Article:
With the success of The Ring in 2002, Hollywood went looking for the next creepy Japanese horror film to remake, settling on Takashi Shimizu’s Ju-on: The Grudge (2003). The original was frightening, atmospheric, and disturbing but suffered from an almost incomprehensible ending. For the remake, producer Sam Raimi did something almost unheard of: he hired the original director, Takashi Shimizu. The American version of the film is literally a re-shoot of the original, with certain tweaks and alterations. Imagine the original as a trial run, a chance to work out the bugs. Shimizu’s Grudge (2004) is a creepier, more intense film than the original, which in itself was incredibly frightening.

Rather than relying on excessive CGI and gore, Shimizu builds the tension and atmosphere through camera movement and composition. The soundtrack helps greatly in building suspense, as well. There are several sequences taken directly from the original film, with similar setups and framing. However, even if you’ve seen the original and know where all the scares come from, you will be scared by The Grudge. This is easily the most frightening film of the last five years.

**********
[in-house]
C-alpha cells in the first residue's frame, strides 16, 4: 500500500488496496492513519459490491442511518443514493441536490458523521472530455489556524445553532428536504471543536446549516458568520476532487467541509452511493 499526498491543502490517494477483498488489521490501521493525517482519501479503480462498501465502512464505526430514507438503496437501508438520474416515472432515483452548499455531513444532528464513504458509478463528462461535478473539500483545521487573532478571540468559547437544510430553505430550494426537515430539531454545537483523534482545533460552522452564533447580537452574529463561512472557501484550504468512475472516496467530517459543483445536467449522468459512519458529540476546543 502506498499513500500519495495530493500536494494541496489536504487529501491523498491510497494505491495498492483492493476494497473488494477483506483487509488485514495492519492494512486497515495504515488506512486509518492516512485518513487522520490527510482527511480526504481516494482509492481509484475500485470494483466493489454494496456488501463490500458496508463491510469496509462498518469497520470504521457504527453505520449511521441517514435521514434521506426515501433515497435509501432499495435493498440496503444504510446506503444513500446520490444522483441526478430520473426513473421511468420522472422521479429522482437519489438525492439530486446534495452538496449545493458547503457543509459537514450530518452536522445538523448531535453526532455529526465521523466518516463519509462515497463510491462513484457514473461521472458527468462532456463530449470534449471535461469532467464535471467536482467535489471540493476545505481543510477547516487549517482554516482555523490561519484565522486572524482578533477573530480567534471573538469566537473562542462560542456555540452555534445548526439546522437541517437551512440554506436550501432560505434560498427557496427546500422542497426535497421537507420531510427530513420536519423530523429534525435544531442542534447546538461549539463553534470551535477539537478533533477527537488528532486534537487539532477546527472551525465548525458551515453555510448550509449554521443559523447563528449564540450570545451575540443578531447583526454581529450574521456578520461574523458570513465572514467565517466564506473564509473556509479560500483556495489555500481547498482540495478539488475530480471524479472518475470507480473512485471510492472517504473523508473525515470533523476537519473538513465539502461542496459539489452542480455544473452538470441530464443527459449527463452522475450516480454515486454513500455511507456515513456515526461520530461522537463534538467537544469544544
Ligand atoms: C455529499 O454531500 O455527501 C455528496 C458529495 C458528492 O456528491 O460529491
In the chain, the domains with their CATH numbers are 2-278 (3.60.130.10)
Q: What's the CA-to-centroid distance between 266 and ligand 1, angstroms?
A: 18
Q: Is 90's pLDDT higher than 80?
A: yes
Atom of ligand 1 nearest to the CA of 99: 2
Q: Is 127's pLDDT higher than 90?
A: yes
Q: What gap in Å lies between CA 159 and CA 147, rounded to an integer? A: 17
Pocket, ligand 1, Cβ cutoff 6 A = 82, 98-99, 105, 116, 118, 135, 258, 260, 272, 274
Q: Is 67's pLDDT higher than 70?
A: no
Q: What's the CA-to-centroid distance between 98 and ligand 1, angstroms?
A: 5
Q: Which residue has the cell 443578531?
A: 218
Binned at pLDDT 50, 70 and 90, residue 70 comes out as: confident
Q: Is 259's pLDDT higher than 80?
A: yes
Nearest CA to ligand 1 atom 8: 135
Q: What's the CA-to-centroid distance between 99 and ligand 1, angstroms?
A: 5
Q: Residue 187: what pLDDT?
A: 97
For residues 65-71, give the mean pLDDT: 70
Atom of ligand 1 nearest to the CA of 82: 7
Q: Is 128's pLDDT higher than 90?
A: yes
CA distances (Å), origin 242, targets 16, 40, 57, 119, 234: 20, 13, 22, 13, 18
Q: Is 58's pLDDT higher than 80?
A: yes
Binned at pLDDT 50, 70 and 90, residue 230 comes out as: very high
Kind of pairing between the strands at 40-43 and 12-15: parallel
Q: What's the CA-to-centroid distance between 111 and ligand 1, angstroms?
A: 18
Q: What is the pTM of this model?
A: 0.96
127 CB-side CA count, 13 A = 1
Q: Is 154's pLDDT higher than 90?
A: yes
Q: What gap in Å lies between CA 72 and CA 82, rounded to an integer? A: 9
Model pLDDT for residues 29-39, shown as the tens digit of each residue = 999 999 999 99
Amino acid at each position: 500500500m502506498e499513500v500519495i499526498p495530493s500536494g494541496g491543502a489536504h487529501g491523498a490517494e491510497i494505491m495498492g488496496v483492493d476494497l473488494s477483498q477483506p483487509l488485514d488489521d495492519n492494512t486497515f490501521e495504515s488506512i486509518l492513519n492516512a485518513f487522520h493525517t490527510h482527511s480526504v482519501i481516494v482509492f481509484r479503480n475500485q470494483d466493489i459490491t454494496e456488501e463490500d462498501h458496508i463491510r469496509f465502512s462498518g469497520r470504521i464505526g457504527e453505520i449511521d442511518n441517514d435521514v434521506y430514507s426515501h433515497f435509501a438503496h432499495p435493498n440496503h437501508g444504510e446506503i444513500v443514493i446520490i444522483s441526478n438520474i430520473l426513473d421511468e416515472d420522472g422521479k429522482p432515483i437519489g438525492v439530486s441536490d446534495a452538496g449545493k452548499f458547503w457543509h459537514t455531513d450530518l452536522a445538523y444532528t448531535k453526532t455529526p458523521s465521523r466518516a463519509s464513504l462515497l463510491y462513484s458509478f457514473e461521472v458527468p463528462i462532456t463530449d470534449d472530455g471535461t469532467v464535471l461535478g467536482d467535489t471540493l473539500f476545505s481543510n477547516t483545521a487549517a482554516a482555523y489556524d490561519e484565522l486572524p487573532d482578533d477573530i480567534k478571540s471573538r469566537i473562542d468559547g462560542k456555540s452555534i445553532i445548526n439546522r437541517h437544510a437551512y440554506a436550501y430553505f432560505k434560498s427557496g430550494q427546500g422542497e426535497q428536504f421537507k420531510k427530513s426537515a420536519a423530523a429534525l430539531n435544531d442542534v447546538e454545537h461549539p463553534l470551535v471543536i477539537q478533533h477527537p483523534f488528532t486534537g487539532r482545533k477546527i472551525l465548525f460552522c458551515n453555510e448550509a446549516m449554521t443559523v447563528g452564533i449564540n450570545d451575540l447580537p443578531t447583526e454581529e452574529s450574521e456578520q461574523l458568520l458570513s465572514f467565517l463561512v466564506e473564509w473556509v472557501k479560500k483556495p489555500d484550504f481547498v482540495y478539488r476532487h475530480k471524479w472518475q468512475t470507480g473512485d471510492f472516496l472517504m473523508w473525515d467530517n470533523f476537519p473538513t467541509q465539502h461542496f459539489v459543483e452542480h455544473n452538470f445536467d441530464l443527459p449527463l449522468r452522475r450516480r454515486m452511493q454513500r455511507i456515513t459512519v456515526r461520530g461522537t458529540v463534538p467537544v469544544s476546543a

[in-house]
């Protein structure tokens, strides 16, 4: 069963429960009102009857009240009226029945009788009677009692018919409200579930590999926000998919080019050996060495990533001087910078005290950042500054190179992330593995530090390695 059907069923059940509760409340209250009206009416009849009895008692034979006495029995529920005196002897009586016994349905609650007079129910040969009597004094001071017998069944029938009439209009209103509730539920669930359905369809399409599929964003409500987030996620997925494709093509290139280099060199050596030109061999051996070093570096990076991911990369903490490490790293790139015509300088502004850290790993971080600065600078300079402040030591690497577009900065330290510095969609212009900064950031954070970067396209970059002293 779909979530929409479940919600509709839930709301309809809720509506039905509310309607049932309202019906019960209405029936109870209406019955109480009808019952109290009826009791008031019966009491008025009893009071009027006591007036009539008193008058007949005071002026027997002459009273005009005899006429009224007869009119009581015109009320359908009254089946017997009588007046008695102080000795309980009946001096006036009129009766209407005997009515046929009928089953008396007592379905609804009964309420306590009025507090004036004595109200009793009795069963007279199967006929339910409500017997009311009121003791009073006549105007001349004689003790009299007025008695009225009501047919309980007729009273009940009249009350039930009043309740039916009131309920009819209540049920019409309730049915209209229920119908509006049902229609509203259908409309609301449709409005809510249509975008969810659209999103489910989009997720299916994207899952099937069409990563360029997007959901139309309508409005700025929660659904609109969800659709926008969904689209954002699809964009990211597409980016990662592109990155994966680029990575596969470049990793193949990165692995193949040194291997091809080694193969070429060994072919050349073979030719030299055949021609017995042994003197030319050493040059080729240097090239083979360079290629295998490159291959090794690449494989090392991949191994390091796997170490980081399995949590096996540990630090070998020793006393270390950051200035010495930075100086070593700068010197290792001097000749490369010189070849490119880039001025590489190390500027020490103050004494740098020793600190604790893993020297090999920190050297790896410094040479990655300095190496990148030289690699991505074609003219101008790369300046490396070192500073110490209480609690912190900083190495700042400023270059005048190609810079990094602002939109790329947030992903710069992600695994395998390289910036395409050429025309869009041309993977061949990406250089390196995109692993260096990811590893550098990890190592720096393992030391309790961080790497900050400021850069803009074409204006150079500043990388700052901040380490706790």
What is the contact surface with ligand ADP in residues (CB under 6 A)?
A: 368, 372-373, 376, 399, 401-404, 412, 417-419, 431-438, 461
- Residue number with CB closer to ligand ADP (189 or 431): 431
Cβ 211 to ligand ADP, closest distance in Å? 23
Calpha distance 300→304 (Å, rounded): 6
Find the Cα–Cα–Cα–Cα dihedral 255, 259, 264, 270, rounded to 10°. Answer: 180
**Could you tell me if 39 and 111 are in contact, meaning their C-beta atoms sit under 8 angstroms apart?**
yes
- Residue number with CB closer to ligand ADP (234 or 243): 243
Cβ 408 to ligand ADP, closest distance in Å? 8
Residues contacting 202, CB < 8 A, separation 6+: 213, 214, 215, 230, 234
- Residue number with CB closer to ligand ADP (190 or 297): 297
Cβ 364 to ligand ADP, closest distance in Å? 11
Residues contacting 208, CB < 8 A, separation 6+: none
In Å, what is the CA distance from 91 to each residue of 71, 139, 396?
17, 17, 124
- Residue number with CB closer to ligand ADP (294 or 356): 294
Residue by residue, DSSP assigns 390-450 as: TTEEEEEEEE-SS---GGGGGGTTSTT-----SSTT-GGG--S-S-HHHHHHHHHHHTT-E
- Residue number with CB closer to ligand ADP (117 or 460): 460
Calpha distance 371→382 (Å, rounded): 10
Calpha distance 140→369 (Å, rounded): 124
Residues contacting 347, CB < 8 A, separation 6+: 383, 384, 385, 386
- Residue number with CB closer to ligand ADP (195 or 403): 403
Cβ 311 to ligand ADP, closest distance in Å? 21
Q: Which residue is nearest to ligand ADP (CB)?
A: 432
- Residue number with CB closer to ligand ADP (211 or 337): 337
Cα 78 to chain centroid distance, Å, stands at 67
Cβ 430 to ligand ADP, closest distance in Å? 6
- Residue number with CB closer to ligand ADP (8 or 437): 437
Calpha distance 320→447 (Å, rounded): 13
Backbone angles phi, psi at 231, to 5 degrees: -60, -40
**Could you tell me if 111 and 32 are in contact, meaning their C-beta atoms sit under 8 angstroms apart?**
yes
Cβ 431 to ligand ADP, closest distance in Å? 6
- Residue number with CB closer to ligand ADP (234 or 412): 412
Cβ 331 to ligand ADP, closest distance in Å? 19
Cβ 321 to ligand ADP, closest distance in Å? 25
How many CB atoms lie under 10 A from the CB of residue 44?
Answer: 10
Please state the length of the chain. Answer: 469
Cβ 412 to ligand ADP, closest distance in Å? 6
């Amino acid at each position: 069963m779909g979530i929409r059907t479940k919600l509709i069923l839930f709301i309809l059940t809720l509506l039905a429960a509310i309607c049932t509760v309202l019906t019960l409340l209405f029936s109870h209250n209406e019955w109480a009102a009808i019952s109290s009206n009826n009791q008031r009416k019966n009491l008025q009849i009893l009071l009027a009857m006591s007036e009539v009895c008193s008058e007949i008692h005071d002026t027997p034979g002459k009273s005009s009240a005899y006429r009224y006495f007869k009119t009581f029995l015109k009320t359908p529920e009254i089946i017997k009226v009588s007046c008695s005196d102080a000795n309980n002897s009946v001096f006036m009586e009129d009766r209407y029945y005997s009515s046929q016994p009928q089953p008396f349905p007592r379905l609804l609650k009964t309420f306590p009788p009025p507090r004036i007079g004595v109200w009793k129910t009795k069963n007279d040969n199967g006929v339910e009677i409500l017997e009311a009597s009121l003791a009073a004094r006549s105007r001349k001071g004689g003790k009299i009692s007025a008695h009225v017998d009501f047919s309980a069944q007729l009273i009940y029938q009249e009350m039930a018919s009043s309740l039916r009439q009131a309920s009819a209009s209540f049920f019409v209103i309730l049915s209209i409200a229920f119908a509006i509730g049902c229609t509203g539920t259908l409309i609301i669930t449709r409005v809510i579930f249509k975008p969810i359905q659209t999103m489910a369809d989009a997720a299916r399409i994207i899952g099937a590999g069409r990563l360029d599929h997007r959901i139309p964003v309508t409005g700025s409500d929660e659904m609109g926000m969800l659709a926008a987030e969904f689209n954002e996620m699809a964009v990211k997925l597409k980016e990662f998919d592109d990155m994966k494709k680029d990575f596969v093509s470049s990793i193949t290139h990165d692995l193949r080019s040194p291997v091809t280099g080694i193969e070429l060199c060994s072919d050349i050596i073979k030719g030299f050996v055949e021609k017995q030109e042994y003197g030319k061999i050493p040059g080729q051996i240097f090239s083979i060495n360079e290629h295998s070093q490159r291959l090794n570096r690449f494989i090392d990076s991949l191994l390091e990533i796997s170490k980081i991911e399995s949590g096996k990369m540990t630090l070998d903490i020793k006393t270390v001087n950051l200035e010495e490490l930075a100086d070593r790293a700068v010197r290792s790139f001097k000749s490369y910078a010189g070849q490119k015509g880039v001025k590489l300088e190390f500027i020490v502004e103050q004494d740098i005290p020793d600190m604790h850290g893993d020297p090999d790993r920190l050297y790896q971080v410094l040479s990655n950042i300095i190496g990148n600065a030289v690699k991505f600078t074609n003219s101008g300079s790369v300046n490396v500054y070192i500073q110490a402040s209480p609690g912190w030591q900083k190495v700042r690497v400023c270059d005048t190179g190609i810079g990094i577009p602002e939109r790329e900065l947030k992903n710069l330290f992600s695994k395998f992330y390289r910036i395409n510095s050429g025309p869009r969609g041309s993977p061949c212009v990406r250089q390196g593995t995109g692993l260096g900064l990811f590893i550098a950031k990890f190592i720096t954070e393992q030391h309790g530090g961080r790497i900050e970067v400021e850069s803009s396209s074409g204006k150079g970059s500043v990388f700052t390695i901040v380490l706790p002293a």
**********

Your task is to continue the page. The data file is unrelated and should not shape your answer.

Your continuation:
The film isn’t perfect, however. In translating it for a non-Japanese audience, the American lead characters seem forced and out of place. Granted, without changing the characters and storyline, the remake does seem rather pointless. Unfortunately the film does degrade into standard Hollywood formula at some points, but these are few and forgivable.

See The Grudge, but don’t hold it against me when you can’t sleep for a week.